Organization promotes campus unity

John Brown University has long accepted students from across the globe. Only recently has JBU set up an organization to specifically address the needs of this widely-varied group.

Faculty and students collaborated last semester to create MOSAIC, Multicultural Organization of Students Active in Christ. The group designed MOSAIC to fill and expand beyond the role of the former African Heritage International Fellowship.

MOSAIC will seek to provide opportunities for students of all ethnic backgrounds, said Steve Beers, vice president of student development. Many members of the organization emphasized that MOSAIC is open to everyone, and will provide opportunities for people to share and learn from each other.

Last year, a few students approached Marquita Smith, assistant professor of journalism, about the old fellowship, concerned that the club had fizzled out to almost no activity. After alumna Rayniesha Robinson, who had led the fellowship graduated in 2005, the group was mostly inactive.

Smith said she totally understands why students felt a need to come together. It shouldn’t be viewed as a negative or a separation on campus, but as another way we can celebrate our oneness in Christ, she explained.

“Unless you’ve been in a situation where you are one of a few, it’s extremely difficult to understand the personal and emotional challenges that minorities feel,” Smith said. “Unfortunately, they often don’t want share their stories out of fear of being labeled as complainers or ungrateful. MOSAIC is an organization designed to promote understanding and to support such students on campus.”

One such student, sophomore Bridgette Ojo, tried early on to get Smith to sponsor the fellowship. Smith and faculty had something a bit bigger in mind, though.

Smith, along with other faculty and staff, worked to come up with MOSAIC, a group not designed specifically for African Americans but to support all minority groups. Beers said he ran the idea by the students last semester and they agreed. Students met informally with Smith for months developing a plan on how the organization should move forward. Currently, MOSAIC meets on Fridays at 4 p.m. in Learning Resource Complex 148.
Smith co-sponsors the new organization with Billy Stevenson, director of international admissions and student services. Ojo was elected president, and the group has grown to include more students outside of the small officer group of four.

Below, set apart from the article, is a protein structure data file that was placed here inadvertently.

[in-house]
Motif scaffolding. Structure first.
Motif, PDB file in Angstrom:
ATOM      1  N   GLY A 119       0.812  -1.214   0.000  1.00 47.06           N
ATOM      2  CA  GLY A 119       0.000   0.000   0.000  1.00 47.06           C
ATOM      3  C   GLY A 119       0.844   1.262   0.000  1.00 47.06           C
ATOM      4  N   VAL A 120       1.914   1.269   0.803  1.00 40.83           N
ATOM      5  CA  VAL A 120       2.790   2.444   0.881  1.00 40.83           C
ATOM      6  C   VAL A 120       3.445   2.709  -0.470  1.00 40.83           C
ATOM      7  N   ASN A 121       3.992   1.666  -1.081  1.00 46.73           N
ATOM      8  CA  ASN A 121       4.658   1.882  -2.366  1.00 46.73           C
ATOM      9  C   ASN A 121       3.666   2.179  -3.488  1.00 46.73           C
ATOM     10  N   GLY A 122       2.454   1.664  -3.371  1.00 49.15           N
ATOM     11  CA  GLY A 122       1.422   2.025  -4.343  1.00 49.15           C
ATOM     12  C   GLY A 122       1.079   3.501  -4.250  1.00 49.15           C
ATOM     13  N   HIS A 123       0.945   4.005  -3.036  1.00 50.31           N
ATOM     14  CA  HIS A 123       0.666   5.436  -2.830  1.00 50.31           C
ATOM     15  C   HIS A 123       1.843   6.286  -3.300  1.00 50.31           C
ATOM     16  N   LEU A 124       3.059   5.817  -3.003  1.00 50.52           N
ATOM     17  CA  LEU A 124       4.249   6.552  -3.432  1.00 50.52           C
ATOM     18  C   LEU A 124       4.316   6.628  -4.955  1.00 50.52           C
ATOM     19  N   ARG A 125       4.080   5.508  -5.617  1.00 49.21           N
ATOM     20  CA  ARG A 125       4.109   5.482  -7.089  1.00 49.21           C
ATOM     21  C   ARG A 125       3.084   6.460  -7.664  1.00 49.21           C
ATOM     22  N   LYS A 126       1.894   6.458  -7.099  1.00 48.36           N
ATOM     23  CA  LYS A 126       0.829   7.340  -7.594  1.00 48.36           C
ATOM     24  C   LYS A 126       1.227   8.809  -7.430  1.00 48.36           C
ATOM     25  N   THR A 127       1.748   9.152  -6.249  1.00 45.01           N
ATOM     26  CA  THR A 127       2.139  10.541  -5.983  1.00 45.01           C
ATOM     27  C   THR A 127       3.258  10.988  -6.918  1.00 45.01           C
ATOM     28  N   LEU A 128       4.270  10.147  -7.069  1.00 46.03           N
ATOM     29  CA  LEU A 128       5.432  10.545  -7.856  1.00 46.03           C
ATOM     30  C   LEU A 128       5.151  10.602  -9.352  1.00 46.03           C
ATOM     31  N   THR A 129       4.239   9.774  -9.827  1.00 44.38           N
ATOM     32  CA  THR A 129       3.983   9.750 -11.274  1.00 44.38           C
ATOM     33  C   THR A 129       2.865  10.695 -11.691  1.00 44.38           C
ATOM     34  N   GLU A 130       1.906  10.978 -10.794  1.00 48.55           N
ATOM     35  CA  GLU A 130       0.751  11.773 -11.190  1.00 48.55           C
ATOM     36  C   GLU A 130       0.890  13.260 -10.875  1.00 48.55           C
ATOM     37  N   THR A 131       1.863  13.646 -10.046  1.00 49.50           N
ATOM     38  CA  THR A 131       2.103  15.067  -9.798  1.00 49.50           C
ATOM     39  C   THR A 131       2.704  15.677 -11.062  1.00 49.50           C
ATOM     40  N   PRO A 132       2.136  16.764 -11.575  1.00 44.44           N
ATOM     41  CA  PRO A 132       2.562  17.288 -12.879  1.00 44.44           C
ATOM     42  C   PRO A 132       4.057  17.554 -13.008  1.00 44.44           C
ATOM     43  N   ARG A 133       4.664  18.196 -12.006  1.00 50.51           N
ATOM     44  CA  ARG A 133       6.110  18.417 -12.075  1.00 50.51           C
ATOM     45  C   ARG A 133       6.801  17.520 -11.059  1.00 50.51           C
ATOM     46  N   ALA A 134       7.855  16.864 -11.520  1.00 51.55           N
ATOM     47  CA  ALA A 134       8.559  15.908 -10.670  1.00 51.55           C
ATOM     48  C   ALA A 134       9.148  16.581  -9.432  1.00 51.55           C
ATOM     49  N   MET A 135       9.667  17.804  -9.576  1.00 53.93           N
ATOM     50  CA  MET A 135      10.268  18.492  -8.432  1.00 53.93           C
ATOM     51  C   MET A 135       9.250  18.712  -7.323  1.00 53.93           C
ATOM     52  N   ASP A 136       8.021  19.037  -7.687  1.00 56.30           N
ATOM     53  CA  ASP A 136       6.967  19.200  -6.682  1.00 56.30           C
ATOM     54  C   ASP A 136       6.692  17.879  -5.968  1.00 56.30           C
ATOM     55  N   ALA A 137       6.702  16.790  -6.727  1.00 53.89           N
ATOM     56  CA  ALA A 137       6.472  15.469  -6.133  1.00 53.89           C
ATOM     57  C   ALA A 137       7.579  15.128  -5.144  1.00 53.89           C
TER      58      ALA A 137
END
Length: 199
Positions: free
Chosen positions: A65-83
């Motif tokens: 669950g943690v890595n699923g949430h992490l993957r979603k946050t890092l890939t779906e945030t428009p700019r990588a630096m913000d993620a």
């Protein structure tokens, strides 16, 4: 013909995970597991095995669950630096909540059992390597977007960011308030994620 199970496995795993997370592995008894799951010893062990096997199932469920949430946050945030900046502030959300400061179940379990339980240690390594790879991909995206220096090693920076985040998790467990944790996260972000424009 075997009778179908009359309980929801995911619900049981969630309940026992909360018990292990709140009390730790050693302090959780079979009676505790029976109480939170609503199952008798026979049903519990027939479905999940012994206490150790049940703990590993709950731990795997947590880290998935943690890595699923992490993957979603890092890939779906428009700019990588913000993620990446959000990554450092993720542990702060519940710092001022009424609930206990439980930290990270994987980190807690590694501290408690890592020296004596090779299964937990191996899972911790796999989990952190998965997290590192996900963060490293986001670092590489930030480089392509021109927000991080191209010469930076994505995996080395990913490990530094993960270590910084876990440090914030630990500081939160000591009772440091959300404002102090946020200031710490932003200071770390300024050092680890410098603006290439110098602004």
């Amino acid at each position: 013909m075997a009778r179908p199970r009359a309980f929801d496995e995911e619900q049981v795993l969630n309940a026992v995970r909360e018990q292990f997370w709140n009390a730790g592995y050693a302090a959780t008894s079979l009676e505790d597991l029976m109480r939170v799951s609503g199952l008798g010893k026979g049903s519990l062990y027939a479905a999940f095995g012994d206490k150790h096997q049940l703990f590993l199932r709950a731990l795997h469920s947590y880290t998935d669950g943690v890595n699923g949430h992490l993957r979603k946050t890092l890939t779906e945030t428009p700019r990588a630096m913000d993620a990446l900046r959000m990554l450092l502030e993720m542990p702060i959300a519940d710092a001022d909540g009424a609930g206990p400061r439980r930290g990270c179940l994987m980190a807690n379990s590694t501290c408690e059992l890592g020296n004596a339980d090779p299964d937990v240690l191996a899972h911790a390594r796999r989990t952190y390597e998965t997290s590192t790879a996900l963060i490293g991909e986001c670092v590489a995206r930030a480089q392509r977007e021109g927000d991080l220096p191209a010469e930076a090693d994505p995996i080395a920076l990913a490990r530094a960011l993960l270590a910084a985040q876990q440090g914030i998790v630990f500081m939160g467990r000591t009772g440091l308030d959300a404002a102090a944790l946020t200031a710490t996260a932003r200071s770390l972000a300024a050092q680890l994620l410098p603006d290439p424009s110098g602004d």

Sophomore Broderick Wilson, vice president of MOSAIC, also approached Smith last spring at a basketball game, hoping to establish a presence on campus. Wilson revived the African Heritage International Fellowship early last semester without funding, but decided that it was best to promote unity among the groups Students met for lunch every day and played games over the weekends.

Wilson explained how prejudice on campus is still a problem. Sometimes when he greets people they respond by giving rude looks, and others simply avoid his path.

“I wouldn’t really blame them,” Wilson said. “It’s pretty much a part of American roots as far as segregating, so it’s not a surprise. Yet I think that there has to be some way that you can put that to the side. I think MOSAIC can create a bridge for that on campus.”

Wilson hopes that in the future MOSAIC can expand not just to the Siloam Springs community, but someday even beyond that, to cities in Northwest Arkansas like Fayetteville and Rogers.

Before the creation of MOSAIC, the African Heritage International Fellowship used to have a greater presence on campus. Beers, who had helped with the fellowship for many years, explained that this group itself was not exclusive to blacks, but on a given night when they met there might be several whites visiting with the rest.

Beers also explained that one of the problems with the fellowship was that since it was a club and not an organization, its level of activity ebbed and flowed. If students wanted to put effort into doing something, things happened. But many times things just went by the wayside when there wasn’t enough interest.

As an organization, the group will have constant funding, officers, a stipend from the university and faculty support. This will allow the group’s activities to be more consistent as years go by.

“We have an extremely important portion of our population on our campus that we want to make sure is supported, encouraged,” Beers said.

MOSAIC hosted its first event of the year in celebration of Black History Month, complete with Soul Food day in the cafeteria on Feb. 15. Also that night was the first showing of a three-part documentary entitled “Race: The Power of an Illusion.” Students and faculty had open discussion after the viewing. The next two parts of the series will be held at 7:00 p.m. in LRC room 121, on Feb. 22 and 29.

Sophomore Mikael Seamans, secretary of MOSAIC, said that the organization wanted to offer a platform for everyone to be heard. He said: “Everyone can share their opinion and realize that we all have something in common. We can all come together and help each other out for the greater good.”